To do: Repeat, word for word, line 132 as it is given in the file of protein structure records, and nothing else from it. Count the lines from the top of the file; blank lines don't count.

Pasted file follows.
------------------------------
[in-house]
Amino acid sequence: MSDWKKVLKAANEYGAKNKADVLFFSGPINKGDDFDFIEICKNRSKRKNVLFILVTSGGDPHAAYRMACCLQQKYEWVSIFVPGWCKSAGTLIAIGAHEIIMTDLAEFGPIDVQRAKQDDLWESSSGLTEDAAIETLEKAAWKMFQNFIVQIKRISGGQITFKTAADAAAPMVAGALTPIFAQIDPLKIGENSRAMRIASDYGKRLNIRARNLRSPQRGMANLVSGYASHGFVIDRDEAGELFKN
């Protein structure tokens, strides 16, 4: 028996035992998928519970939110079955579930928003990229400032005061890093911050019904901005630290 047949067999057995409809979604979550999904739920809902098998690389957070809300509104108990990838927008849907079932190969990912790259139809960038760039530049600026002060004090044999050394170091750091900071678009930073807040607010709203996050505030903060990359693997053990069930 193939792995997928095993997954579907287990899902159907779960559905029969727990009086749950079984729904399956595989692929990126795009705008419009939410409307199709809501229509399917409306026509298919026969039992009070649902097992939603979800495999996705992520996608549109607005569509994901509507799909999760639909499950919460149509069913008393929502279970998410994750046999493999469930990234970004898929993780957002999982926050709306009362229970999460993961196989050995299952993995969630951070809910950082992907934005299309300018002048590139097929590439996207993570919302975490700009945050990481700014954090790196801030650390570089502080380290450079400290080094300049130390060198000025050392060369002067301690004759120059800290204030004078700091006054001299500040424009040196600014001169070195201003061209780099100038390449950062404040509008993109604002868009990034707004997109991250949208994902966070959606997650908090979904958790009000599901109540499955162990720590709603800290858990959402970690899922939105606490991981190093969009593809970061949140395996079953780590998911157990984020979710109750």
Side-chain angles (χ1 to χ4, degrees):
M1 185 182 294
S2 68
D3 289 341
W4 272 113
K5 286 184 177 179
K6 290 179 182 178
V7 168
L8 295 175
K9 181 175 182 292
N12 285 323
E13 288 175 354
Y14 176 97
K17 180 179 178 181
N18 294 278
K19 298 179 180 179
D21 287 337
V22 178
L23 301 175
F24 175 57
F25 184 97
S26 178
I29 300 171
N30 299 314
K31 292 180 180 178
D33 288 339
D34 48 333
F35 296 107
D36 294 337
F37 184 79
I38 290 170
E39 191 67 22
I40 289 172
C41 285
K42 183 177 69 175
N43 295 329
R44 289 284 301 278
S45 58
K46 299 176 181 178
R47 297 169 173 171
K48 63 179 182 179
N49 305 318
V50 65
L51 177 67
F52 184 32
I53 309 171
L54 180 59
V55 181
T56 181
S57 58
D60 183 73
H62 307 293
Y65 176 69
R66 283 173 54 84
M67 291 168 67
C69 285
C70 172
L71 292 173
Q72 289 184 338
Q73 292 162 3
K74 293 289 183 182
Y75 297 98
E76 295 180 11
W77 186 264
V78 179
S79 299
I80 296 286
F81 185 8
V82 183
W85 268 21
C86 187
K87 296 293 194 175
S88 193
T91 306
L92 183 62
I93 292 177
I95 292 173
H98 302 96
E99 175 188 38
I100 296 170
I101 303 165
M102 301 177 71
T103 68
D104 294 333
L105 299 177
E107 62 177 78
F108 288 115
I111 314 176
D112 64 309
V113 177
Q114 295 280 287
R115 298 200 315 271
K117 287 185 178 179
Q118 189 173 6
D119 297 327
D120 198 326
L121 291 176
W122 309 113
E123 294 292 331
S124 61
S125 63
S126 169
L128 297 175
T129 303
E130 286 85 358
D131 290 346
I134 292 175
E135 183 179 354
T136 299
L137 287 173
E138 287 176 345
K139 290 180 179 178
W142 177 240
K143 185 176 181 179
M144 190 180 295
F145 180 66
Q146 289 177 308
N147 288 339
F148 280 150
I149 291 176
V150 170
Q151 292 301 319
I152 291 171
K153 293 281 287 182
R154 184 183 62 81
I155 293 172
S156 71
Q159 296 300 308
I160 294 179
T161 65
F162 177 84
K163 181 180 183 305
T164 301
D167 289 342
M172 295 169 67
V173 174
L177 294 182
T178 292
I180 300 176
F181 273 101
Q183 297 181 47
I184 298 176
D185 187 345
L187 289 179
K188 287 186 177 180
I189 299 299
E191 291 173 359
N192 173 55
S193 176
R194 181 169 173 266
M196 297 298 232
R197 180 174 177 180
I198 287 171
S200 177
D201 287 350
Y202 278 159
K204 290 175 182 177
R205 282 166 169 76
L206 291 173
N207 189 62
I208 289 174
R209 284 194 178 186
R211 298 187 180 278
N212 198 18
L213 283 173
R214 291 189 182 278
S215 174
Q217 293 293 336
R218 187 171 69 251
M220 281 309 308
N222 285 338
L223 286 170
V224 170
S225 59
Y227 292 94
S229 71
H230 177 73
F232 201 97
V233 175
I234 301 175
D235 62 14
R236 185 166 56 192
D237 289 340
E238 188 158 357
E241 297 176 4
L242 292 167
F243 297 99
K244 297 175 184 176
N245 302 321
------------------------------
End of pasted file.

I160 294 179